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Non-invasive Trigger-free Fault Injection Method Based on Intentional Electromagnetic Interference

Yu-ichi Hayashi, Naofumi Homma, Takeshi Sugawara, Takaaki Mizuki, Takafumi Aoki, and Hideaki Sone Tohoku University, Aramaki Aza Aoba 6-6-5, Sendai 980-8579, Japan

Abstract--This paper presents a new type of fault injection method based on intentional electromagnetic interference (IEMI), which causes information leakage from cryptographic devices without disrupting their operations or damaging their physical structures. The basic principle is to transmit a sinusoidal EM wave via a power/communication cable or an antenna. The IEMI-based fault injection method is performed at a distance from the target module through many filtering components, such as a voltage regulator, without leaving any hard evidence of the attack. It can also be applied under the condition that there is no trigger signal synchronized with the cryptographic operation. We demonstrate the potential capability of the IEMI-based fault injection attacks through an experiment using an Advanced Encryption Standard (AES) module implemented on a standard FPGA board. The experimental result shows that generating effective faults is feasible and such IEMI-based fault injection is available for a typical differential fault analysis on AES. Keywords-fault injection attacks; intentional electromagnetic interference; AES; non-invasive fault injection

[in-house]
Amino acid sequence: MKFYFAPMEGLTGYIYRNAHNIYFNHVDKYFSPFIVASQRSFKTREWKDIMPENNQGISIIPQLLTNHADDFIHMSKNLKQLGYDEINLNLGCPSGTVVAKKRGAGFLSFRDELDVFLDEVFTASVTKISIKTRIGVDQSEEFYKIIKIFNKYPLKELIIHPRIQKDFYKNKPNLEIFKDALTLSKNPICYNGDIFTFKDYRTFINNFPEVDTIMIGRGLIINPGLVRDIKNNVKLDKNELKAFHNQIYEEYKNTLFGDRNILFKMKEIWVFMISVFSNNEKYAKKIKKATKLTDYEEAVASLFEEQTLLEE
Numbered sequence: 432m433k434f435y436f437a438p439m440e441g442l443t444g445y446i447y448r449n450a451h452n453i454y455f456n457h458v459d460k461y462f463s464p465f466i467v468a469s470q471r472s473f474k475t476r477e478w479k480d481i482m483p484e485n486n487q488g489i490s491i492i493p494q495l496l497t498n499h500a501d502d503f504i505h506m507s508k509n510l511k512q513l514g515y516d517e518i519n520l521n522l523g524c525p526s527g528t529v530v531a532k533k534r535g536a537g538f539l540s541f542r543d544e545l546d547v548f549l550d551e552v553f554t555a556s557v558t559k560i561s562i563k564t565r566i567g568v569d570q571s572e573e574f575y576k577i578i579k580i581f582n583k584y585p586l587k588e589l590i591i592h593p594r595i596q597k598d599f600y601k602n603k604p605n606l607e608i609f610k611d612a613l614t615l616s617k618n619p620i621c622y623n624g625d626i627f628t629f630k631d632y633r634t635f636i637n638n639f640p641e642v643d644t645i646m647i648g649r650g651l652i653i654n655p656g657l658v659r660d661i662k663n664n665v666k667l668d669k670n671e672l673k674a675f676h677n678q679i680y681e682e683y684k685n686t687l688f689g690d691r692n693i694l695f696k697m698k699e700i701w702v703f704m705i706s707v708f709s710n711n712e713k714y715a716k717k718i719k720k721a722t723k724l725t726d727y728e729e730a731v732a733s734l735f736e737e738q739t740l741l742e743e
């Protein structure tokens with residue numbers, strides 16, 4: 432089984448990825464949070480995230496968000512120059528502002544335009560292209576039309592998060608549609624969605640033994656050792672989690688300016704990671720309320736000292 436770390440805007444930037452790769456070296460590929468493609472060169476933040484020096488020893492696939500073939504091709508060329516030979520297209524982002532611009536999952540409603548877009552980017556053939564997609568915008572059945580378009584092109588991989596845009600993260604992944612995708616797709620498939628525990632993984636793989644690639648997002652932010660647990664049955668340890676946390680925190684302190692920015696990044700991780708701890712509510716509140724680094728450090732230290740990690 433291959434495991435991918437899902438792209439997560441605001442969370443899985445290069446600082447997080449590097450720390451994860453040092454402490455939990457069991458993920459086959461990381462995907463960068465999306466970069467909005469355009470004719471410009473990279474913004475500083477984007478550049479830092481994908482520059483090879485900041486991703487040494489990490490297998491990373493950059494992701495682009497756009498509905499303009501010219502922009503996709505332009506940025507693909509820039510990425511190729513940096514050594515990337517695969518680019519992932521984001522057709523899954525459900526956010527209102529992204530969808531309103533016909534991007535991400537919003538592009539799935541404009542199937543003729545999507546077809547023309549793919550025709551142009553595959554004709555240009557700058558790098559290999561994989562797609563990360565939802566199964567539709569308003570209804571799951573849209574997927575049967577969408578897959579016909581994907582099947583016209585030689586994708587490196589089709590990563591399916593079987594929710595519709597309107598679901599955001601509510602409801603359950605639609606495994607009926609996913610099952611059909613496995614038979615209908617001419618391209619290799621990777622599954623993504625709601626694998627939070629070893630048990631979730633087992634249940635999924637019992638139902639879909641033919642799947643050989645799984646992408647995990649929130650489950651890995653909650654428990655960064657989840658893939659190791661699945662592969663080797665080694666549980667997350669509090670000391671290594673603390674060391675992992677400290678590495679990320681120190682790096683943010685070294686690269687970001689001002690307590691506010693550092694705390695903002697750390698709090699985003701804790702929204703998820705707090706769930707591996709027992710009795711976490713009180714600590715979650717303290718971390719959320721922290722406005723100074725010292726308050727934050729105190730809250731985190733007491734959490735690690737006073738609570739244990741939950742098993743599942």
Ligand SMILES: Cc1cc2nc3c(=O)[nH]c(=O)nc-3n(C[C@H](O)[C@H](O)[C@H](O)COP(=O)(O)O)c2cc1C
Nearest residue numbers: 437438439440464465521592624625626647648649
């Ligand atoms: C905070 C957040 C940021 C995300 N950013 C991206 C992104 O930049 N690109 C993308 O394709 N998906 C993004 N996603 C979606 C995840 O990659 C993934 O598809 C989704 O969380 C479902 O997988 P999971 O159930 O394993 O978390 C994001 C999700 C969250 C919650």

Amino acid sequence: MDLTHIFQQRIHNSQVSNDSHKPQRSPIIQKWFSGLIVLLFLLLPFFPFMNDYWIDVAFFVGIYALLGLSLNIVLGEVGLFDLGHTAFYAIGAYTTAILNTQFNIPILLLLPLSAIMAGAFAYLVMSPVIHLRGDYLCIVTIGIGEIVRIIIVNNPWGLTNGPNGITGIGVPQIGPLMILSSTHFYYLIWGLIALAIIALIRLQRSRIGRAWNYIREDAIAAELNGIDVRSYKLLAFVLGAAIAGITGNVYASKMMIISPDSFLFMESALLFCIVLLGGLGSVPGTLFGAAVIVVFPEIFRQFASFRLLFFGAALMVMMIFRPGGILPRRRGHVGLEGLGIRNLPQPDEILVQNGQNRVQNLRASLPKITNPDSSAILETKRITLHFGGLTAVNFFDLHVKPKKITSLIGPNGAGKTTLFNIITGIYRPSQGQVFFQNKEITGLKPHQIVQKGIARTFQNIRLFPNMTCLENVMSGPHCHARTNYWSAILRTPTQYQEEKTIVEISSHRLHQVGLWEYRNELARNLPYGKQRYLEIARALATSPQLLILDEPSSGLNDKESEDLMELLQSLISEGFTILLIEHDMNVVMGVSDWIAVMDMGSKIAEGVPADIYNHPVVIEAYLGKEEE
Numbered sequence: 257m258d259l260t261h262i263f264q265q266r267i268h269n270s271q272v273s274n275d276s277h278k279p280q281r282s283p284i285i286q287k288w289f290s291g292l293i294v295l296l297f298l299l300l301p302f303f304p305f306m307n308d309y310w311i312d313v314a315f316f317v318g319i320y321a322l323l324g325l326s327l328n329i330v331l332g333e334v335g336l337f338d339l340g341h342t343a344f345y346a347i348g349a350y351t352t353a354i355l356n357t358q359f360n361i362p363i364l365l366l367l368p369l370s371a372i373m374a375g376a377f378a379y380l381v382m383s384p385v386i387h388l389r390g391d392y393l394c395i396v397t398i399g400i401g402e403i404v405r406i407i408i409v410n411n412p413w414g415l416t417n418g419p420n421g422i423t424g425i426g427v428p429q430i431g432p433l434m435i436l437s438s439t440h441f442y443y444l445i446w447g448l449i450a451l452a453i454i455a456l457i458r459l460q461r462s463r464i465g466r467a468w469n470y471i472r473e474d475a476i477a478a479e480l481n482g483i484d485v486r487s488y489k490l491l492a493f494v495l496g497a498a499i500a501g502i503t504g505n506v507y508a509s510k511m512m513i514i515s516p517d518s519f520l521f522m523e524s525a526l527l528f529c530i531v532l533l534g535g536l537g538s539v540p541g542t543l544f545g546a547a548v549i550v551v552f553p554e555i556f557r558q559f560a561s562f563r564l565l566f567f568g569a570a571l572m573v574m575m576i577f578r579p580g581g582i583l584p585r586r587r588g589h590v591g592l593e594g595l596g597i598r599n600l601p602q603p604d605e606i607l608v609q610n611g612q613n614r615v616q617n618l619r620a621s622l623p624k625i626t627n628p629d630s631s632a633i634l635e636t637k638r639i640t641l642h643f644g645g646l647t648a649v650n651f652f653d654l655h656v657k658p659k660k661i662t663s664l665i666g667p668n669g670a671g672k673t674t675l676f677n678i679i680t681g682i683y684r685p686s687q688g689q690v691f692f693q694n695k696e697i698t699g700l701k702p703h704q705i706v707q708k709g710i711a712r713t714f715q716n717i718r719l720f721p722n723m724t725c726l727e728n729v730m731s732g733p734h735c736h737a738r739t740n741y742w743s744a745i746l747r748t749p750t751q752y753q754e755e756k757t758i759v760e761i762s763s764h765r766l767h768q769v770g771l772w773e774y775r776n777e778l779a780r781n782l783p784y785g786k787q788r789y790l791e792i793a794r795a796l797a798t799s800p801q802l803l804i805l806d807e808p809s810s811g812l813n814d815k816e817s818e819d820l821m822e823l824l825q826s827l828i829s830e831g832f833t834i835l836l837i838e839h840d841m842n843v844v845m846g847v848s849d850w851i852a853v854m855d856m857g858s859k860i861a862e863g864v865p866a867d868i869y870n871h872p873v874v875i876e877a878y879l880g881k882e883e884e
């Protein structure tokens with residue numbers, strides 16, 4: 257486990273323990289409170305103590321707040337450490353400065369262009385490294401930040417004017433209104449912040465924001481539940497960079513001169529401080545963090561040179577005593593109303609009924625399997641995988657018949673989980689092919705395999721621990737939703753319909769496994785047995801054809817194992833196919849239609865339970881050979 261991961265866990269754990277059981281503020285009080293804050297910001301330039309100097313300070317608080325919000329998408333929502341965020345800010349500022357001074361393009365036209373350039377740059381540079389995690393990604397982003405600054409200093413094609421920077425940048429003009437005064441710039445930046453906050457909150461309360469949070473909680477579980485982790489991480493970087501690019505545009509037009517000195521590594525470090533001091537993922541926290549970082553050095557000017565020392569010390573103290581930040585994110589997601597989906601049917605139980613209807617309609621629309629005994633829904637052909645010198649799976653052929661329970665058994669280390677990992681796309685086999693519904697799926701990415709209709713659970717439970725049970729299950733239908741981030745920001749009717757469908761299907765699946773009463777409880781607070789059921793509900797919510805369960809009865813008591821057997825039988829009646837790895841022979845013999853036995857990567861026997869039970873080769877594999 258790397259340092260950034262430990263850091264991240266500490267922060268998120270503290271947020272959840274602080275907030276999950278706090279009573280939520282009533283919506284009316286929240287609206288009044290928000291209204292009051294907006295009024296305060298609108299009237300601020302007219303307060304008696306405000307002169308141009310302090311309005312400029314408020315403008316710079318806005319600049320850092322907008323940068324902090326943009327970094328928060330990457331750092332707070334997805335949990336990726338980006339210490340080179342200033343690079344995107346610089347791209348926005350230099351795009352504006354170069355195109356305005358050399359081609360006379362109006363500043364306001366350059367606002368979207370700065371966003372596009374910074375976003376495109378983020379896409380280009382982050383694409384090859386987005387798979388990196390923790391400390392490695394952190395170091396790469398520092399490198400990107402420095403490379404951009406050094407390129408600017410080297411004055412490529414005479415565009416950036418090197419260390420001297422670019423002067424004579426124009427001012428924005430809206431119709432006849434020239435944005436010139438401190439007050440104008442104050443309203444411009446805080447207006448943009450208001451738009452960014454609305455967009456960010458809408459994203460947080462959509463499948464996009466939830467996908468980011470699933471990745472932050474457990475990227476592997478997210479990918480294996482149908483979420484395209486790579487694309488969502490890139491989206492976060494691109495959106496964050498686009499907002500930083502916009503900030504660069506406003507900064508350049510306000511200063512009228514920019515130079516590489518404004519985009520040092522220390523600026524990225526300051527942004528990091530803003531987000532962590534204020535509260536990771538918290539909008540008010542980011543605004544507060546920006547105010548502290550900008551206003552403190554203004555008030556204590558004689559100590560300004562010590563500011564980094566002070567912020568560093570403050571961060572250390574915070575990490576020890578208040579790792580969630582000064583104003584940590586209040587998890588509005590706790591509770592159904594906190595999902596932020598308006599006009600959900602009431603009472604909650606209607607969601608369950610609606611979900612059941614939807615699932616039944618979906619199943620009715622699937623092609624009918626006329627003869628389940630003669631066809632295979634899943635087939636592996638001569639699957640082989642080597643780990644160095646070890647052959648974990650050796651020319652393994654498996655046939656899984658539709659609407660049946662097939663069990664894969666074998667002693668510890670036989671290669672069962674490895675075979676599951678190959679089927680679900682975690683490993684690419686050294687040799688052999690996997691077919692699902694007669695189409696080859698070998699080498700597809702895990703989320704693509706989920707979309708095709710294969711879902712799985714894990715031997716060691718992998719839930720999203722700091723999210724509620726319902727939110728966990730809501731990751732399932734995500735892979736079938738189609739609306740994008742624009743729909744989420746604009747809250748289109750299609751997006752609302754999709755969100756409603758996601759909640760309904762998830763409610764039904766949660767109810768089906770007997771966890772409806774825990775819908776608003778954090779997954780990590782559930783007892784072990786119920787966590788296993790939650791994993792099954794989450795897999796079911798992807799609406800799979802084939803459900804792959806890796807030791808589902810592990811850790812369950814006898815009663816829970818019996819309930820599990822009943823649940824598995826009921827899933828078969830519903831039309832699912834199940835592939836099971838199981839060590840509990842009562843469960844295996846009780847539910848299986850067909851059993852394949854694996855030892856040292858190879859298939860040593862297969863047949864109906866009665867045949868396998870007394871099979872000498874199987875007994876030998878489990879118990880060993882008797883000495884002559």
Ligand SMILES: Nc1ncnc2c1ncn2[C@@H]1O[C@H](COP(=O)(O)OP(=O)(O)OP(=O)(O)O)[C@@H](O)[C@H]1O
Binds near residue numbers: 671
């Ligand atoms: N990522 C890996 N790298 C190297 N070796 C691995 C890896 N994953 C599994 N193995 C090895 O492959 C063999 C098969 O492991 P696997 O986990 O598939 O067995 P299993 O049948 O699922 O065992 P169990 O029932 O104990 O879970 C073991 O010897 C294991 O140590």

I. I NTRODUCTION Fault injection attacks are attracting much attention in the field of cryptographic devices: electronic devices implementing a cryptographic module in software or hardware [1]. Attackers first inject faults to cryptographic operations and then estimate secret information from several faulty ciphertexts. Until now, many variations of fault injection attacks and countermeasures have been presented and newer ones are still being proposed [2]. The target includes relatively-larger electronic devices and systems as well as handy devices such as smartcards and mobile phones. With the advance of such attacks and countermeasures, fault injection methods have also been investigated in order to evaluate their possibilities. Various injection methods were reported using glitches on power and clock signals, lower voltages, higher frequencies, optical emission, laser shots, electromagnetic (EM) pulse, and so on. The conventional injection methods are basically invasive to cryptographic modules or devices. For example, optical emission and laser shot require to depackage a cryptographic module and work very close to the module surface. Such methods are sometimes able to cause local faults which are available for more powerful attacks. On the other hand, hard evidence, such as depackaging, and close access to the module are unavoidable. Lower voltage (or under-power)